Select a sunny spot in your garden or close to your chicken coop. Oregano prefers well-drained soil and at least 6-8 hours of sunlight per day.

Prepare the soil

Loosen the soil and mix in some compost or organic matter to improve drainage and fertility. This will provide the ideal growing conditions for oregano.

Plant oregano seeds or seedlings

You can start oregano from seeds or purchase seedlings from a nursery. If you’re starting with seeds, sow them directly in the soil or seed trays and cover them with a thin layer of soil. Keep the soil moist until the seeds germinate, which typically takes 7-14 days. Once the seedlings are about 3 inches tall, transplant them to the garden, spacing them about 8-10 inches apart.

Water and care for your oregano

Oregano is relatively low-maintenance but requires regular watering, especially during dry spells. Be careful not to overwater, as this can lead to root rot. You can also apply a balanced, organic fertilizer once or twice during the growing season to encourage healthy growth.

Harvest oregano

You can start harvesting oregano leaves when the plants are about 6 inches tall. Regularly picking leaves will encourage bushier growth. To ensure a continuous supply, avoid taking more than one-third of the plant at a time.

Drying and storing oregano

how to dry oregano

Preserving oregano by drying allows you to provide your chickens with this beneficial herb year-round. Follow these simple steps for drying and storing oregano.

Harvest oregano

Choose a dry day to harvest oregano, preferably in the morning after the dew has evaporated. This will help maintain the herb’s flavor and essential oils. Cut healthy stems, leaving about one-third of the plant intact.

Rinse and dry the stems

Gently rinse the stems under cool water to remove any dirt or insects, and then pat them dry with a clean towel.

Bundle and hang to dry

Tie the stems together in small bundles (around 5-6 stems per bundle) and hang them upside down in a dry, well-ventilated area, away from direct sunlight. You can use string or twine to hang the bundles.

Dry for 1-2 weeks

Allow the oregano to dry for 1-2 weeks or until the leaves become brittle and can easily be crumbled between your fingers.

Remove leaves and store

Once the oregano is completely dry, remove the leaves from the stems and discard the stems. Crush the leaves lightly, but not too fine, to preserve the flavor and essential oils. Store the dried oregano in an airtight container away from direct sunlight, heat, and moisture.

Following these steps, you can grow your own oregano for your chickens and preserve it for year-round use. This will ensure your flock can access this beneficial herb whenever needed, promoting their health and well-being.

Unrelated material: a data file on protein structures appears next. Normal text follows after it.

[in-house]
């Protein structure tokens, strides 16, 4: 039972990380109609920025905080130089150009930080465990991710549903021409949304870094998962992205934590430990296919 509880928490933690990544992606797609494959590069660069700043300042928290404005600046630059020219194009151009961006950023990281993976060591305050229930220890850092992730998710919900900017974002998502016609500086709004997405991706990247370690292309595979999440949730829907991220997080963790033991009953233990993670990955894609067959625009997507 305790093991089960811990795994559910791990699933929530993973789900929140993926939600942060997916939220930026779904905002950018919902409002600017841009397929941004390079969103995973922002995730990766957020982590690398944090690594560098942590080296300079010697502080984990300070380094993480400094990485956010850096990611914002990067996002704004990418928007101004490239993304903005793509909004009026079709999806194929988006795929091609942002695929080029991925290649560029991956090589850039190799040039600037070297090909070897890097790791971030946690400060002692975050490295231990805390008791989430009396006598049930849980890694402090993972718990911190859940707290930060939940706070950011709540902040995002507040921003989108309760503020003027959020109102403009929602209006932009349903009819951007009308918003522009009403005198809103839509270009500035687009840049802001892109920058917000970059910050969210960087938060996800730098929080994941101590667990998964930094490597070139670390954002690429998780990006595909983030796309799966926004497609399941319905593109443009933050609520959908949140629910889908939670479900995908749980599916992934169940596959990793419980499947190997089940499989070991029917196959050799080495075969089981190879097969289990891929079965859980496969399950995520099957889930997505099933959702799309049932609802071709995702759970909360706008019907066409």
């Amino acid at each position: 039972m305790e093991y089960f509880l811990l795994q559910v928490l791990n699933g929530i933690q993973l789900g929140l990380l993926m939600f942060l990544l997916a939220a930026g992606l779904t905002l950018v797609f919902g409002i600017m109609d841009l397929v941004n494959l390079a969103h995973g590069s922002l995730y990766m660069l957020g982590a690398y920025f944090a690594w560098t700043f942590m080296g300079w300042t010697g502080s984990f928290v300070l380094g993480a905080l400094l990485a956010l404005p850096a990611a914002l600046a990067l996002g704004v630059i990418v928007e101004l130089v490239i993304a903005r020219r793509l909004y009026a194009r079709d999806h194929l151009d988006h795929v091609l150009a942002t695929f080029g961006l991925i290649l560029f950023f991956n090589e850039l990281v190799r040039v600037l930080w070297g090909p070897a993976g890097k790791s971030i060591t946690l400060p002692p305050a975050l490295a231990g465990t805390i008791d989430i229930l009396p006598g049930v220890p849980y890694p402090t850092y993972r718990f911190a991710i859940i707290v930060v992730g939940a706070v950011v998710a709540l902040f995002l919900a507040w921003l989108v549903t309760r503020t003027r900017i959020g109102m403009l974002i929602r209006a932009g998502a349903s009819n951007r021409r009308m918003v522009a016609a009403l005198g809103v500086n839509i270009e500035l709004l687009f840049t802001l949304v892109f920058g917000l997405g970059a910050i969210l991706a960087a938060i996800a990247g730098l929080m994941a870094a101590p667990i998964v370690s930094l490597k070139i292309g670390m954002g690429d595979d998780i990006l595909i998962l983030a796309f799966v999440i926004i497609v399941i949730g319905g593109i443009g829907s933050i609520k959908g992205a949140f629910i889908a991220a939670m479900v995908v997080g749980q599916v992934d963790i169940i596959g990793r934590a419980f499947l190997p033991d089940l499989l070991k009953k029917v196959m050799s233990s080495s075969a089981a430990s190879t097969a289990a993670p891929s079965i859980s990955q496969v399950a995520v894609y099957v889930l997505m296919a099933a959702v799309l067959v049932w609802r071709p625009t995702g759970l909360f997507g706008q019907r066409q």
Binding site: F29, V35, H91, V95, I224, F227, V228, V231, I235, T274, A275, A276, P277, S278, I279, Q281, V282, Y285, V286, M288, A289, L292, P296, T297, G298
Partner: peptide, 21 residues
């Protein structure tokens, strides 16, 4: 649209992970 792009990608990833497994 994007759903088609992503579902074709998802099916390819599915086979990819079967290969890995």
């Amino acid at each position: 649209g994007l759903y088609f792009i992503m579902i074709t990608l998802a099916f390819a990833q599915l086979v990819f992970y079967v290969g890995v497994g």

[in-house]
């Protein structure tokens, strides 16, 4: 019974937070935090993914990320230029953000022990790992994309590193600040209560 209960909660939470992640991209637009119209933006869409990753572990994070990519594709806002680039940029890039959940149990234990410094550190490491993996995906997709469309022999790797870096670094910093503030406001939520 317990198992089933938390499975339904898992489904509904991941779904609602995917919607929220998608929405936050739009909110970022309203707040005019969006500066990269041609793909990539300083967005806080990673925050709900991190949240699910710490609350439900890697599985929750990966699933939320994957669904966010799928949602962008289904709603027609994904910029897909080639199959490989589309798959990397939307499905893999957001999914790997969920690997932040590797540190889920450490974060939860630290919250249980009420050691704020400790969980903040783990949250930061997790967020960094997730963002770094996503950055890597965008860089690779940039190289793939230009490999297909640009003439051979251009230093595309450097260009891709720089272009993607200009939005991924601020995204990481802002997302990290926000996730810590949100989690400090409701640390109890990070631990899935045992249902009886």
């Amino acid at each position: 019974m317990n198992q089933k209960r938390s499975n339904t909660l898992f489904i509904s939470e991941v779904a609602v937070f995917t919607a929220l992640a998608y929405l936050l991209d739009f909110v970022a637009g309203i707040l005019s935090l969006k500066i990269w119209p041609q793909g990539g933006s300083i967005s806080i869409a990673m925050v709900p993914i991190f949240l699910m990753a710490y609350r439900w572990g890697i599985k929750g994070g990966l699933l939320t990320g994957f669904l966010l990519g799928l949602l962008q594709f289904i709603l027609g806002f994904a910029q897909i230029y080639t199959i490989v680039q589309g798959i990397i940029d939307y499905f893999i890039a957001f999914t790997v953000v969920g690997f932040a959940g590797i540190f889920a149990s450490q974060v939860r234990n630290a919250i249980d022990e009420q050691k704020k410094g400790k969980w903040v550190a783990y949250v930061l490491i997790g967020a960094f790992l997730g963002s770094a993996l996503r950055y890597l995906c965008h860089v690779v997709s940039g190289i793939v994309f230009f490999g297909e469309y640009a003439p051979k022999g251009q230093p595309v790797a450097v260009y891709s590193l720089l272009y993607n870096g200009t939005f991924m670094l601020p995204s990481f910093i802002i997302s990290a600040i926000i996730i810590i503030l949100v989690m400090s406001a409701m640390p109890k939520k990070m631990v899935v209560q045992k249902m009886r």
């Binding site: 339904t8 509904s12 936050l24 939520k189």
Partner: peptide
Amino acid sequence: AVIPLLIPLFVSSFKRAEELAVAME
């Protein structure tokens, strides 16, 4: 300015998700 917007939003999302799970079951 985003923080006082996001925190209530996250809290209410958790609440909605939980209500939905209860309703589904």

What other herbs can chickens eat?

fresh cilantro

While oregano is an excellent herb for chickens, it’s not the only one they can enjoy. Several other herbs can benefit your flock and provide a tasty snack. Here are five other herbs that are safe and beneficial for chickens.


Cilantro is a flavorful herb that chickens love, and it’s also packed with vitamins and minerals that can help keep your flock healthy. It’s a good source of vitamins A, C, and K and potassium, calcium, and phosphorus. Cilantro also has antioxidant properties, which can help protect your chickens against free radicals and promote overall health.

Read More: Can Chickens Eat Cilantro? 6 Important Benefits


Basil is another fragrant herb that your chickens can enjoy. It contains essential oils that have antibacterial, anti-inflammatory, and antioxidant properties. These can help support your chickens’ immune system and aid in digestion. Additionally, basil is a natural insect repellent, so planting it around your chicken coop can help keep pesky bugs at bay.

Read More: Can Chickens Eat Basil? 5 Fantastic Benefits


Parsley is not just a garnish; it’s also a nutritious herb for your chickens. Rich in vitamins A, C, and K and minerals like iron and calcium, parsley can contribute to your chickens’ overall health. Some chicken owners also believe that parsley can help improve egg production thanks to its high vitamin K levels, essential for blood clotting and bone health.

Read More: Can Chickens Eat Parsley? 4 Fantastic Benefits


Rosemary is another herb safe for chickens to eat and offers numerous benefits. It has natural antifungal, antibacterial, and anti-inflammatory properties, which can help protect your flock from infections and support its immune system. Plus, the strong scent of rosemary can help repel insects, making it a useful addition to your chicken coop or run.

Read More: Can Chickens Eat Rosemary? 5 Amazing Benefits


Mint is a refreshing herb that chickens can safely nibble on. It’s known for its cooling and soothing effects, which can help your chickens stay comfortable during the hot summer months. Mint also has natural insect-repelling properties, so planting it around your chicken coop can help keep pests away. Additionally, mint can aid digestion and has antimicrobial properties, promoting overall health for your flock.

Read More: Can Chickens Eat Mint? 5 Amazing Benefits

In conclusion, many herbs can benefit your chickens apart from oregano. Herbs like cilantro, basil, parsley, rosemary, and mint can provide essential nutrients, support immune system health, and even help repel insects. Don’t hesitate to introduce these herbs to your chickens’ diet, and enjoy watching them thrive!

Can chickens eat oregano – final thoughts

In conclusion, when it comes to “can chickens eat oregano?” the answer is a resounding yes! This versatile herb is a delightful treat for your flock and a powerhouse of health benefits. From its natural antibiotic properties to its immune-boosting capabilities, oregano is a fantastic addition to your chickens’ diet.

Don’t forget to feed oregano in moderation, and be mindful of potential pesticide exposure. With the tips and guidelines we’ve discussed, you’ll be well-equipped to treat your chickens to this delightful herb while keeping them healthy and thriving. So, grab some oregano and watch your flock enjoy this tasty and beneficial treat.